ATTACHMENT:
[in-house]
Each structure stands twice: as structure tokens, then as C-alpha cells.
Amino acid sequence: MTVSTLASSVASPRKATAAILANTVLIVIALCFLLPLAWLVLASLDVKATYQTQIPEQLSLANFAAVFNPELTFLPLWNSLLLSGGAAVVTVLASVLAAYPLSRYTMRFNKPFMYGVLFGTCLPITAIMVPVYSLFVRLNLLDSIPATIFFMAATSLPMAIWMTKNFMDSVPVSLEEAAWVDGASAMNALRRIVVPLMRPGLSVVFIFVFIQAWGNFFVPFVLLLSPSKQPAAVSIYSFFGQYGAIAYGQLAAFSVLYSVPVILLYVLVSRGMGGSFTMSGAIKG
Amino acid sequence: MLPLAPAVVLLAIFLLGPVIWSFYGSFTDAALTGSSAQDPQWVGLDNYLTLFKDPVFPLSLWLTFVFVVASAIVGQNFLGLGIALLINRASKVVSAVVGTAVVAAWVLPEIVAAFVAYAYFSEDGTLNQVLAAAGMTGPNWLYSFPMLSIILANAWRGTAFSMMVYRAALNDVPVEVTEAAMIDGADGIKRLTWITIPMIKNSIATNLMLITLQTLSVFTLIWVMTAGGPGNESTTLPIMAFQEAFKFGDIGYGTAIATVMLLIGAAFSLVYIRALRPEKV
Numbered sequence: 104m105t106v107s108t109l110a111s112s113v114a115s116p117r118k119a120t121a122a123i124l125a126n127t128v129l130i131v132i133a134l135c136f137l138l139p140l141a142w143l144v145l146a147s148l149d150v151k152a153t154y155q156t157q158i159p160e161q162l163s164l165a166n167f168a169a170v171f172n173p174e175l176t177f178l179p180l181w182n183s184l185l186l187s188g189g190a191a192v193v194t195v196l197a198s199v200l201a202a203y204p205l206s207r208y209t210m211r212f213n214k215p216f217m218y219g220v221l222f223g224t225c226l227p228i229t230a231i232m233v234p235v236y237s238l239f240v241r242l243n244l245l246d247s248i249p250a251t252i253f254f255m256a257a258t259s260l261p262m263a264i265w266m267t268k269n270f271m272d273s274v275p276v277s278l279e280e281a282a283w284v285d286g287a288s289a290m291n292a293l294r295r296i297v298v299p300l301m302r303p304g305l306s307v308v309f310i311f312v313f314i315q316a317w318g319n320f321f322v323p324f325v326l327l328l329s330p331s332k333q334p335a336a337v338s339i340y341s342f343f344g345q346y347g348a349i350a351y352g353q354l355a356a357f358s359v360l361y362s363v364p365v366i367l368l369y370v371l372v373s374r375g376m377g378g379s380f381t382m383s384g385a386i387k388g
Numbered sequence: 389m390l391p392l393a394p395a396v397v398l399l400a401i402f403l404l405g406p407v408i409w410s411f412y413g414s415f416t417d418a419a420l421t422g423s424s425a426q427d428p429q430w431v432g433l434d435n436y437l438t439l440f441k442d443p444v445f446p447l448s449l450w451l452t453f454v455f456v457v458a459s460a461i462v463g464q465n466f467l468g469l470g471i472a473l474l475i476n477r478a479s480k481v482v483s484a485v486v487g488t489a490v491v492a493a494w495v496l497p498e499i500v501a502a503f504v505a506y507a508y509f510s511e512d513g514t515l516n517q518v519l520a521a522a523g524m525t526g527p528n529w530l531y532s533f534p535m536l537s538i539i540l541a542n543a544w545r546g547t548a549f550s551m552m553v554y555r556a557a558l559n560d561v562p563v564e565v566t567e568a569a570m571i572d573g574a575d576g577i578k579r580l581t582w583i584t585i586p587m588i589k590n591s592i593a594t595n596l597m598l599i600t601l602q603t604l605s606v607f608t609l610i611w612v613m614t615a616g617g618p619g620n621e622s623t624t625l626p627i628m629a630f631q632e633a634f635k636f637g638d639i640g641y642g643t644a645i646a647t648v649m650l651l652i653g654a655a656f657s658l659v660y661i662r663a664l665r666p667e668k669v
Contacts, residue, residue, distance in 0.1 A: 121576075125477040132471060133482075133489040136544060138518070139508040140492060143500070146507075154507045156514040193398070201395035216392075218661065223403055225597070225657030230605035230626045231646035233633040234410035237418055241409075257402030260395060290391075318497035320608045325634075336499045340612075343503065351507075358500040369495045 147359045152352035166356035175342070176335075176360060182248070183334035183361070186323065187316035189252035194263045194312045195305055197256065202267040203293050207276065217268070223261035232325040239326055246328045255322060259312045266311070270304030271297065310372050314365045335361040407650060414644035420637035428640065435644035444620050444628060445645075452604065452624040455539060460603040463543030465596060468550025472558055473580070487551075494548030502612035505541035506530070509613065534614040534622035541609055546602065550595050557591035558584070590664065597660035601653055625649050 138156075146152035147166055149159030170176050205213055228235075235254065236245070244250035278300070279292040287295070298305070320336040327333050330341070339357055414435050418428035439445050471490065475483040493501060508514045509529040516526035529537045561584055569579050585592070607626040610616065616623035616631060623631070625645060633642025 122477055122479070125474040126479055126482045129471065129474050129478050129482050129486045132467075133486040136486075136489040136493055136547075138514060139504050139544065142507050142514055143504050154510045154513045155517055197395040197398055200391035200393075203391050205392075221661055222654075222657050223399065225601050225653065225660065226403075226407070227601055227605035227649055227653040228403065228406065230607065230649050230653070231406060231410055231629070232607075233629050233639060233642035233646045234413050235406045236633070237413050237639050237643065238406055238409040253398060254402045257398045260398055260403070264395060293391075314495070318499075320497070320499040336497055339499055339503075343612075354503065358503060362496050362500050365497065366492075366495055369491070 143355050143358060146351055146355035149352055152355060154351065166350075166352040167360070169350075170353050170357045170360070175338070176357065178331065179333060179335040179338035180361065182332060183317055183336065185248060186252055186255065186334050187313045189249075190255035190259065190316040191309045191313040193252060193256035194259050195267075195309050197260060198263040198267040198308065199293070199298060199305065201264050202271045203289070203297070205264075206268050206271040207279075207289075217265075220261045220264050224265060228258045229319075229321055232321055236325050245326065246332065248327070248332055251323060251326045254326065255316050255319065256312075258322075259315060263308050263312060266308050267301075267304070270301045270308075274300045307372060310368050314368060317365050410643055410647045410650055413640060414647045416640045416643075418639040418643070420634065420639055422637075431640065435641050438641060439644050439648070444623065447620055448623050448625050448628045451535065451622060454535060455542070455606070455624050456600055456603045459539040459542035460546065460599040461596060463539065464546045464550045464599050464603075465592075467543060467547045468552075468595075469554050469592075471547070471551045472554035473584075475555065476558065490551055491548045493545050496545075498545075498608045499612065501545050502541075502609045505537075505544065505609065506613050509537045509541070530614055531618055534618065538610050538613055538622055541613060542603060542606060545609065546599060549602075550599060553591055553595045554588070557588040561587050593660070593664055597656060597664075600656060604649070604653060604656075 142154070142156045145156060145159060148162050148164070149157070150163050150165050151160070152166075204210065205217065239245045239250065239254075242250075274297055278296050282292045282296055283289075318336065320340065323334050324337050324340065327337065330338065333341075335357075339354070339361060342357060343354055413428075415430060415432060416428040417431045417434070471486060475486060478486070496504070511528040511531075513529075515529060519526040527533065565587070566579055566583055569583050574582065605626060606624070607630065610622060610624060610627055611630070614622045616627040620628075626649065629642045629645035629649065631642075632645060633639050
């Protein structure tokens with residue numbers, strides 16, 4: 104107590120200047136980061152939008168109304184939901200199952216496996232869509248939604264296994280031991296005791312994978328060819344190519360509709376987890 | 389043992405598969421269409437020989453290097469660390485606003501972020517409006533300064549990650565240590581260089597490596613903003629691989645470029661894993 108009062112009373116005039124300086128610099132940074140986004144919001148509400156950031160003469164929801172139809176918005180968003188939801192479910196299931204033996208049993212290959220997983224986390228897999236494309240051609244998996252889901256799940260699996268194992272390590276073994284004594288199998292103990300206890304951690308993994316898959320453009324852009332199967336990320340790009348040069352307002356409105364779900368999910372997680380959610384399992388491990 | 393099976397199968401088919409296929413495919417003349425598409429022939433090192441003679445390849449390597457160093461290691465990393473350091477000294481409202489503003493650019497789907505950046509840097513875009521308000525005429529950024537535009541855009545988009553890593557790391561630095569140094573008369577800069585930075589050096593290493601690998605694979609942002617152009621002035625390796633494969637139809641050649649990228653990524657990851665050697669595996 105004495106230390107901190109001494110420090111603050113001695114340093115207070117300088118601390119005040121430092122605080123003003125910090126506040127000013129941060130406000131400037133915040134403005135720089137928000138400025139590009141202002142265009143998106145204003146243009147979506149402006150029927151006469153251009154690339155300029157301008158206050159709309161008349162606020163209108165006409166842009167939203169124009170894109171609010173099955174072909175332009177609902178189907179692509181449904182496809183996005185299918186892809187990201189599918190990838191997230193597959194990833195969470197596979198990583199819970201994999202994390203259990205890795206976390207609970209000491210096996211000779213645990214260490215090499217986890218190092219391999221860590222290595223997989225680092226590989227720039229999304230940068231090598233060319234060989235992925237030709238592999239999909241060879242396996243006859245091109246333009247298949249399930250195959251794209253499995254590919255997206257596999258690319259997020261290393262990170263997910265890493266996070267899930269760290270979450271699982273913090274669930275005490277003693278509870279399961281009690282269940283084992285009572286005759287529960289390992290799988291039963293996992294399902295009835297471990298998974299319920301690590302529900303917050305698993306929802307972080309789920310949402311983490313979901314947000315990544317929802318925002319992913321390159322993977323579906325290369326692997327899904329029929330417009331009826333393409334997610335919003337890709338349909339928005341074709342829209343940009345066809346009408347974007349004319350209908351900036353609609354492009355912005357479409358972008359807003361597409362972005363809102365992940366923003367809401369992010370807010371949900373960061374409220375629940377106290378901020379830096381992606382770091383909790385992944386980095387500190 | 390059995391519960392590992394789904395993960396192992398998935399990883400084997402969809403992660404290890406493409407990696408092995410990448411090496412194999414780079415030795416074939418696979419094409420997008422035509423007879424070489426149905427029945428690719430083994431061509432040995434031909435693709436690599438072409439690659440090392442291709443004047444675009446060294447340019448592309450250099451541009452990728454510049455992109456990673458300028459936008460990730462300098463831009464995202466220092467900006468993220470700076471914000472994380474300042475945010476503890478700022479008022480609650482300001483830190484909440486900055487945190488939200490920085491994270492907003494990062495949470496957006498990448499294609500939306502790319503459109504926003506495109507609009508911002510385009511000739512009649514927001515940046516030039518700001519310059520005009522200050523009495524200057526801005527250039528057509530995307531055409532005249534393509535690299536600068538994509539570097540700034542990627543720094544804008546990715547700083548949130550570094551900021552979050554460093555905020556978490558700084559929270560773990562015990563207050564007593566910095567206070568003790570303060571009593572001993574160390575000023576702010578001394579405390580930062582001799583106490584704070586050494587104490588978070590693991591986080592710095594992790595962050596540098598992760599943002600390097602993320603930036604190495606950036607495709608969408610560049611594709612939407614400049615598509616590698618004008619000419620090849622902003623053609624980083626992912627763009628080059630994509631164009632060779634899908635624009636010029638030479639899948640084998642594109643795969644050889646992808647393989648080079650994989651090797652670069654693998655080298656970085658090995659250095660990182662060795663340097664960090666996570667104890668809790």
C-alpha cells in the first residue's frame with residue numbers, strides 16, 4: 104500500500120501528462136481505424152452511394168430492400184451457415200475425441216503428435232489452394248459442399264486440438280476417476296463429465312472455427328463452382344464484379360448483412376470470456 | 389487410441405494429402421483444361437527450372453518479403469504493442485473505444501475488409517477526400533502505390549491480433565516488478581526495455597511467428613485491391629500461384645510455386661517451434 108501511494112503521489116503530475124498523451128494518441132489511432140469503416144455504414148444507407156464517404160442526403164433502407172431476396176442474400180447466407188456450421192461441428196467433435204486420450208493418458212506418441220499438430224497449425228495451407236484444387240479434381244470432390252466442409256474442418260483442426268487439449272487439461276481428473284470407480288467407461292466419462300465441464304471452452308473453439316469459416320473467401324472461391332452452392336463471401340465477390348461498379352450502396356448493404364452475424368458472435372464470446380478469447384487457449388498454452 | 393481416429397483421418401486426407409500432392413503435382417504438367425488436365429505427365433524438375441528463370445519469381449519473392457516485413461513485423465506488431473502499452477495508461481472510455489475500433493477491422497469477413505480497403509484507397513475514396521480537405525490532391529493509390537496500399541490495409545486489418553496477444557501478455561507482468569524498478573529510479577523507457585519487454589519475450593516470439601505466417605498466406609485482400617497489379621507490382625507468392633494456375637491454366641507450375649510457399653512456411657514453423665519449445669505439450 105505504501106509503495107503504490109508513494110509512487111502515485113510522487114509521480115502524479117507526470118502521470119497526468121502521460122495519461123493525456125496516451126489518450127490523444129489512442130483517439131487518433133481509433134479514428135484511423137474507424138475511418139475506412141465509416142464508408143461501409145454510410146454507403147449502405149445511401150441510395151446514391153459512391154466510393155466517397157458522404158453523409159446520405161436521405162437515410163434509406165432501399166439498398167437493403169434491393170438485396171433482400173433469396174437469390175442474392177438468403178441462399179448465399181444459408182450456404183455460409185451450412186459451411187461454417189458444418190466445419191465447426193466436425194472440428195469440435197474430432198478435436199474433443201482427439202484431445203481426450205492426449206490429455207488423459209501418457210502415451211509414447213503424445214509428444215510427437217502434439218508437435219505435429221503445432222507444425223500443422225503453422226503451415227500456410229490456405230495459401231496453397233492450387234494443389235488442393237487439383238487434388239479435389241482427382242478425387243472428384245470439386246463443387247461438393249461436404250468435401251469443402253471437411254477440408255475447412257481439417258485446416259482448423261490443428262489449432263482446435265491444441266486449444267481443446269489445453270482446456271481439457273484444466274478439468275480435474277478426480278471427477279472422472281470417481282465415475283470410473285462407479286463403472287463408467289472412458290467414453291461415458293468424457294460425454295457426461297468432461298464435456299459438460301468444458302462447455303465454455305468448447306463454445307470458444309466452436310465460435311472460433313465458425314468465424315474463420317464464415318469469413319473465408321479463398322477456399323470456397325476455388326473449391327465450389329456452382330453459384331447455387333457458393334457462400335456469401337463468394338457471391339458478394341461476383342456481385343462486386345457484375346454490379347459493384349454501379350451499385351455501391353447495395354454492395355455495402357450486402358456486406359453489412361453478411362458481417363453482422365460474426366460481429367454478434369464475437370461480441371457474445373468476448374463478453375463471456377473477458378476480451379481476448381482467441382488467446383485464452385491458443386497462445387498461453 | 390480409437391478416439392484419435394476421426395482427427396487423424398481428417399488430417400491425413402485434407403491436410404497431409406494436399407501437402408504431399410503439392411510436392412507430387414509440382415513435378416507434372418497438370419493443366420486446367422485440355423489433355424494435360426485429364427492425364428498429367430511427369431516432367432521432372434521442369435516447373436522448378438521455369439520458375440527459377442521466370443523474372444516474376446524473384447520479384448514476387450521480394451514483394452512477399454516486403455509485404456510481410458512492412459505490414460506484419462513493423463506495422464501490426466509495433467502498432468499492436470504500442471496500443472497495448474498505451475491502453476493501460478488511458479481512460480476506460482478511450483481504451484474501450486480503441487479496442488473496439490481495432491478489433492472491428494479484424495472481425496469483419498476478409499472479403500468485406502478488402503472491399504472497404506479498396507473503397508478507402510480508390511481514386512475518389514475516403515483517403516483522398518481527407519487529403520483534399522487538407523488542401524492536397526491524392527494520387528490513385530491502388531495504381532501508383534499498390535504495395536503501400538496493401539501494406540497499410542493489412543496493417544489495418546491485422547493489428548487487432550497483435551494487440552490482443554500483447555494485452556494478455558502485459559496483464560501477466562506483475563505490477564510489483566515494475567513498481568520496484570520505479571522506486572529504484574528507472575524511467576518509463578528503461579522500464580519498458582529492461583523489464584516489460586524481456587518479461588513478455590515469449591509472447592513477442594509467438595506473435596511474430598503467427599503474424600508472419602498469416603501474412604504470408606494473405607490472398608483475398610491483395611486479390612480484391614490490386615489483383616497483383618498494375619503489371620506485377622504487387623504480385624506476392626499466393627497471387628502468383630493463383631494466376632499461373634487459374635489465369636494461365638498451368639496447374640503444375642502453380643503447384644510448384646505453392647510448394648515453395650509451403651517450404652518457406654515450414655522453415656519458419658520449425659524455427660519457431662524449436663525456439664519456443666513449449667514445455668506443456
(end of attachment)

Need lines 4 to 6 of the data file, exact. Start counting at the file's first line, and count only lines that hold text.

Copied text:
Amino acid sequence: MLPLAPAVVLLAIFLLGPVIWSFYGSFTDAALTGSSAQDPQWVGLDNYLTLFKDPVFPLSLWLTFVFVVASAIVGQNFLGLGIALLINRASKVVSAVVGTAVVAAWVLPEIVAAFVAYAYFSEDGTLNQVLAAAGMTGPNWLYSFPMLSIILANAWRGTAFSMMVYRAALNDVPVEVTEAAMIDGADGIKRLTWITIPMIKNSIATNLMLITLQTLSVFTLIWVMTAGGPGNESTTLPIMAFQEAFKFGDIGYGTAIATVMLLIGAAFSLVYIRALRPEKV
Numbered sequence: 104m105t106v107s108t109l110a111s112s113v114a115s116p117r118k119a120t121a122a123i124l125a126n127t128v129l130i131v132i133a134l135c136f137l138l139p140l141a142w143l144v145l146a147s148l149d150v151k152a153t154y155q156t157q158i159p160e161q162l163s164l165a166n167f168a169a170v171f172n173p174e175l176t177f178l179p180l181w182n183s184l185l186l187s188g189g190a191a192v193v194t195v196l197a198s199v200l201a202a203y204p205l206s207r208y209t210m211r212f213n214k215p216f217m218y219g220v221l222f223g224t225c226l227p228i229t230a231i232m233v234p235v236y237s238l239f240v241r242l243n244l245l246d247s248i249p250a251t252i253f254f255m256a257a258t259s260l261p262m263a264i265w266m267t268k269n270f271m272d273s274v275p276v277s278l279e280e281a282a283w284v285d286g287a288s289a290m291n292a293l294r295r296i297v298v299p300l301m302r303p304g305l306s307v308v309f310i311f312v313f314i315q316a317w318g319n320f321f322v323p324f325v326l327l328l329s330p331s332k333q334p335a336a337v338s339i340y341s342f343f344g345q346y347g348a349i350a351y352g353q354l355a356a357f358s359v360l361y362s363v364p365v366i367l368l369y370v371l372v373s374r375g376m377g378g379s380f381t382m383s384g385a386i387k388g
Numbered sequence: 389m390l391p392l393a394p395a396v397v398l399l400a401i402f403l404l405g406p407v408i409w410s411f412y413g414s415f416t417d418a419a420l421t422g423s424s425a426q427d428p429q430w431v432g433l434d435n436y437l438t439l440f441k442d443p444v445f446p447l448s449l450w451l452t453f454v455f456v457v458a459s460a461i462v463g464q465n466f467l468g469l470g471i472a473l474l475i476n477r478a479s480k481v482v483s484a485v486v487g488t489a490v491v492a493a494w495v496l497p498e499i500v501a502a503f504v505a506y507a508y509f510s511e512d513g514t515l516n517q518v519l520a521a522a523g524m525t526g527p528n529w530l531y532s533f534p535m536l537s538i539i540l541a542n543a544w545r546g547t548a549f550s551m552m553v554y555r556a557a558l559n560d561v562p563v564e565v566t567e568a569a570m571i572d573g574a575d576g577i578k579r580l581t582w583i584t585i586p587m588i589k590n591s592i593a594t595n596l597m598l599i600t601l602q603t604l605s606v607f608t609l610i611w612v613m614t615a616g617g618p619g620n621e622s623t624t625l626p627i628m629a630f631q632e633a634f635k636f637g638d639i640g641y642g643t644a645i646a647t648v649m650l651l652i653g654a655a656f657s658l659v660y661i662r663a664l665r666p667e668k669v